Screnc default.ajc defaultencode.ajc /e ASP


      ASP applications typically involve a number of .asp files in a virtual root (vroot) on a Web server. To help you encode an entire project at once, the script encoder supports wildcards so you can use specifications like *.asp. To encode all ASP files in the current directory and place them in a folder named c:/encode, you would use the following syntax: 

screnc *.asp c:/encode


What about Windows Script Host?

      Windows Script Host (WSH) is rapidly gaining popularity as a way to develop batch files for Windows and login scripts. It would be great if you could encode these batch files to hide their contents from prying eyes. Since the encoding is all performed within the script engines, WSH gets encoding for free. All you need is the version 5.0 script engines to make WSH 1.0 support encoding. For more in-depth information on WSH, see http://msdn.microsoft.com/
scripting/windowshost/.

    The script encoder supports .vbs and .js files by default, and will encode them with the proper language based on the file extension. Since encoding is based on the language name, it's necessary to make some changes to machines using WSH 1.0 to make sure they load the encoded script engine when they encounter encoded script. The changes required include registering the file types .vbe (VBScript Encoded) and .jse (JScript Encoded) on your machine. Microsoft now includes a registry file (wshencode.reg) in the Windows Scripting Host download, available at http://msdn.microsoft.com/scripting/. Version 2.0 is ready for download now, so you can install it and get encoding without doing any extra work.


Using the Encoder in other Applications

      The script encoder uses the scripting runtime module (scrrun.dll) to do all the encoding. All the script encoder does is provide a command-line mechanism for calling the scripting.encoder object that's implemented in the scripting runtime. This setup provides you with an extensible mechanism for using encoding in your applications or in third-party apps. Microsoft did it this way to ensure that you could use encoding where you wanted to rather than where Microsoft thought you might want to use it.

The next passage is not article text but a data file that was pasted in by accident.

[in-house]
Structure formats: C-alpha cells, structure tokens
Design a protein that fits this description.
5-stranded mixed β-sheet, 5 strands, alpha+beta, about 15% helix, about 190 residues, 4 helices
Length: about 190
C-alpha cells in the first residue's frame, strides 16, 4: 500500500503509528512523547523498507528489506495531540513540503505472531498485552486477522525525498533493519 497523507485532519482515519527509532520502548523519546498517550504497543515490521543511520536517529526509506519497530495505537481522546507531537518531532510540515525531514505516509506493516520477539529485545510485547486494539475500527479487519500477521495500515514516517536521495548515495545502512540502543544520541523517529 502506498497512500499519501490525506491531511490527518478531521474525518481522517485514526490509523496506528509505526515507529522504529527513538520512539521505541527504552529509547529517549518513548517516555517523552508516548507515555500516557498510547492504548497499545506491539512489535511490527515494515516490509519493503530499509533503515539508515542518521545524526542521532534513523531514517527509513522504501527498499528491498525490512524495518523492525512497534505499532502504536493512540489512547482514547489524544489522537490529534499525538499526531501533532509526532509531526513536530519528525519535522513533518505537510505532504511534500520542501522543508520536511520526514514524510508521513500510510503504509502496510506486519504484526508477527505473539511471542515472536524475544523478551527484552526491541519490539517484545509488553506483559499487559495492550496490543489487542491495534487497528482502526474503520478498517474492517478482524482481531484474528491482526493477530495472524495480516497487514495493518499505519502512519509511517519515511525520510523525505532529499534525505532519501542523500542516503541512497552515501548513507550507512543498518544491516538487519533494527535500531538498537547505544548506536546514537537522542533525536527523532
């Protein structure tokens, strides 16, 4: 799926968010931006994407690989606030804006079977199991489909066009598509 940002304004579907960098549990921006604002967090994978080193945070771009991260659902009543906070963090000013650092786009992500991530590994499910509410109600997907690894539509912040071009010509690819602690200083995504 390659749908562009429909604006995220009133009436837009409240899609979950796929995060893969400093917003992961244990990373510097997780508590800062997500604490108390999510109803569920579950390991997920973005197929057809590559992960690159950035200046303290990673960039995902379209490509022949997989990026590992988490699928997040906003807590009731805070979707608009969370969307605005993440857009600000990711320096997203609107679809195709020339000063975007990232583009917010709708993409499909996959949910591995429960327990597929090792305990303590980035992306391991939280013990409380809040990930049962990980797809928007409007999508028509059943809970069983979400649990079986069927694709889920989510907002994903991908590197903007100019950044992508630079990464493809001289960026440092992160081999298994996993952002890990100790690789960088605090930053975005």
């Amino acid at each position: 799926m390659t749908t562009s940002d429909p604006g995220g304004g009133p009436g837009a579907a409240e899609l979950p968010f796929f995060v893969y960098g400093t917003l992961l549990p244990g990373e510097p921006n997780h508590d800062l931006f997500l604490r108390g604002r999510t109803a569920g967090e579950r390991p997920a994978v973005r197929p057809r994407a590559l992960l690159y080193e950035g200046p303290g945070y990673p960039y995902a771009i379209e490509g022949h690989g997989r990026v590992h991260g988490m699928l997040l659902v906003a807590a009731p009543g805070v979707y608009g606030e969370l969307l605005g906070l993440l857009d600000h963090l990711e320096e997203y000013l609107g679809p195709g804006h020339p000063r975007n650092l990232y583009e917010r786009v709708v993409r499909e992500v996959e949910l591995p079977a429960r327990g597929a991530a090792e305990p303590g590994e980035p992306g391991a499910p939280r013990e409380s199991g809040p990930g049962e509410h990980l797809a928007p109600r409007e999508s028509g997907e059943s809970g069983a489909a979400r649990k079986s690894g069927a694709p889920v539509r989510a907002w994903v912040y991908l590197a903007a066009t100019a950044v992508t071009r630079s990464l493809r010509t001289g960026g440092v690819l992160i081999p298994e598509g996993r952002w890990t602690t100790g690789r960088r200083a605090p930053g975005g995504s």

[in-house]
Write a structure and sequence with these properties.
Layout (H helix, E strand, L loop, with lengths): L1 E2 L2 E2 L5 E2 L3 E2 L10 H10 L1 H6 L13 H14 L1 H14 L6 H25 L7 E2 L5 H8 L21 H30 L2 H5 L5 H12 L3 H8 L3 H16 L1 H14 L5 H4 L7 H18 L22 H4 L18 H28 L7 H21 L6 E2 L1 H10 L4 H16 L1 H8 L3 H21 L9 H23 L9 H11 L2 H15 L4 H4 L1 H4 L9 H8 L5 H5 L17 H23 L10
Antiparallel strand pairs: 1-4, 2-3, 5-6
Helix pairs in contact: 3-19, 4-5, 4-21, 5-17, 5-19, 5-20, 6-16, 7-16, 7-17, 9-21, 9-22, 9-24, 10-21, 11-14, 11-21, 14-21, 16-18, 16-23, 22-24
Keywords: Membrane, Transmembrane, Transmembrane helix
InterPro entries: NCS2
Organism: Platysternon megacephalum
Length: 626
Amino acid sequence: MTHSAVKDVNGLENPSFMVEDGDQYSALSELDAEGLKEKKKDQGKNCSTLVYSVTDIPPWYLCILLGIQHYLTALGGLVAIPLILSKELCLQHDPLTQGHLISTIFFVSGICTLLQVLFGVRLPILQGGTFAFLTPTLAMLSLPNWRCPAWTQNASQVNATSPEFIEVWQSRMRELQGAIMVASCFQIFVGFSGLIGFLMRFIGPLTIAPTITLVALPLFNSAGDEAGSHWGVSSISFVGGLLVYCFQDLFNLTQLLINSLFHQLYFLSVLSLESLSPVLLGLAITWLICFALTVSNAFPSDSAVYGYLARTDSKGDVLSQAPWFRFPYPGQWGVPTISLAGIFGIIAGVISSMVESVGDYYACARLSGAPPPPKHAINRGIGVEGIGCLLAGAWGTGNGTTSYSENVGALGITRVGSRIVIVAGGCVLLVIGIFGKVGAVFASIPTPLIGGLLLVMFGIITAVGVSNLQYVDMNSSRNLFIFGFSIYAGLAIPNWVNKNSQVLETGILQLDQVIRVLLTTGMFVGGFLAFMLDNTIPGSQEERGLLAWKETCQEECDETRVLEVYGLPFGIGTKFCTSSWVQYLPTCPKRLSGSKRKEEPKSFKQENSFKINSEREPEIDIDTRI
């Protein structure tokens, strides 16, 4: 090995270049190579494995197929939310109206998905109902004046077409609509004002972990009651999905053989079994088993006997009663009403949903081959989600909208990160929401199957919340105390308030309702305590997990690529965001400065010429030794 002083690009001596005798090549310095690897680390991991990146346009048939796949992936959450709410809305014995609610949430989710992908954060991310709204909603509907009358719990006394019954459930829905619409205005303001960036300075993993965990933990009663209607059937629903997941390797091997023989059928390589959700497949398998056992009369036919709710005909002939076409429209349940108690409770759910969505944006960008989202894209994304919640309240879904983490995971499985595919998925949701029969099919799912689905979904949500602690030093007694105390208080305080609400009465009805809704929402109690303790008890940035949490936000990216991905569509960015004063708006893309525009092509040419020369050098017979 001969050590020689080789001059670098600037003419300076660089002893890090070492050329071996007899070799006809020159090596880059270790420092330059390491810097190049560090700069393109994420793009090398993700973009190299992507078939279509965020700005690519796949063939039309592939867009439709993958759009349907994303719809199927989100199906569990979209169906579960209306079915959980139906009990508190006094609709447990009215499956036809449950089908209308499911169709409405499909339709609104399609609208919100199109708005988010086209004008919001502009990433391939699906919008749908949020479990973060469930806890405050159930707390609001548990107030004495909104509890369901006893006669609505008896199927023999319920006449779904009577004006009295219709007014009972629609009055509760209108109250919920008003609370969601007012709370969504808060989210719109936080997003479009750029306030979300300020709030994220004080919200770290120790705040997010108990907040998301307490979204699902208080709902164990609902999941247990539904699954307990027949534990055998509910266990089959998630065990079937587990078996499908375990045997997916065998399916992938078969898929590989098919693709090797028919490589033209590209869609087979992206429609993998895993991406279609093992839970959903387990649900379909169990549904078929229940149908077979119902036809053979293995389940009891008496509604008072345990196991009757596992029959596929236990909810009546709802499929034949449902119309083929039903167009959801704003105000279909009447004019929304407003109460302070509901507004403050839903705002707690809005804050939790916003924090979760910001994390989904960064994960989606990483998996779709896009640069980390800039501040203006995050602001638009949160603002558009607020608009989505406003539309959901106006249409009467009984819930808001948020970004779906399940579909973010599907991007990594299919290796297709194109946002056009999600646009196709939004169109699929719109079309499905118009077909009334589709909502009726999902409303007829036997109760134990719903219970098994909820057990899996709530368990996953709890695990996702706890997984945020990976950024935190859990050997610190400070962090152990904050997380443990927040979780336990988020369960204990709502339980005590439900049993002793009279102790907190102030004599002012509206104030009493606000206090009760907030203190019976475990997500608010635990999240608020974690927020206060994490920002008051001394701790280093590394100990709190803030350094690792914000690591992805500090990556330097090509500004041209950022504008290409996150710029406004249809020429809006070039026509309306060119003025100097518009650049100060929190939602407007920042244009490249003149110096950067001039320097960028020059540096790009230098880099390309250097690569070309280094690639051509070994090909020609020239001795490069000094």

To illustrate the use of the scripting.encoder object, I have created a very simple Visual Basic for Applications macro for use in Microsoft FrontPage&reg; 2000, which is in beta as I'm writing this. FrontPage 2000 has an object model that allows you to access pretty much everything within your Web site. For this demo, I'll use it to get the contents of an HTML page. To get the HTML page I get the current active document, which is represented by the ActiveDocument object. Once I have that object, I can get its HTML content from the DocumentHTML property. When I have the HTML, it's a simple matter of calling the EncodeScriptFile method on the scripting.encoder object, making it encode any script in the HTML and returning a string with the encoded script. Figure 3 shows some sample code for encoding a page.

    Since scripting.encoder is just a COM object, it can be used anywhere a COM object can be used. An interesting use for the object is within WSH to provide functionality that is missing from the script encoder. For example, the script encoder doesn't provide the ability to encode subdirectories. Using a combination of the scripting.FileSystemObject and scripting.encoder object, this can be accomplished reasonably easily.


Summary

      Script encoding is Microsoft's first step in helping script developers develop script applications that they want to protect from prying eyes. It's not unbreakable, but it provides a useful tool. Microsoft intends to build on script encoding considerably in future releases of the engines. If you want more information on encoding, or want to download the encoder, go to the Microsoft scripting Web site at http://msdn.microsoft.com/scripting/. The Script Technologies group at Microsoft is always keen to get your feedback on new features, so please try it out and send mail to msscript@microsoft.com, or visit the scripting newsgroup at news://msnews.microsoft.com/
microsoft.public.scripting.vbscript.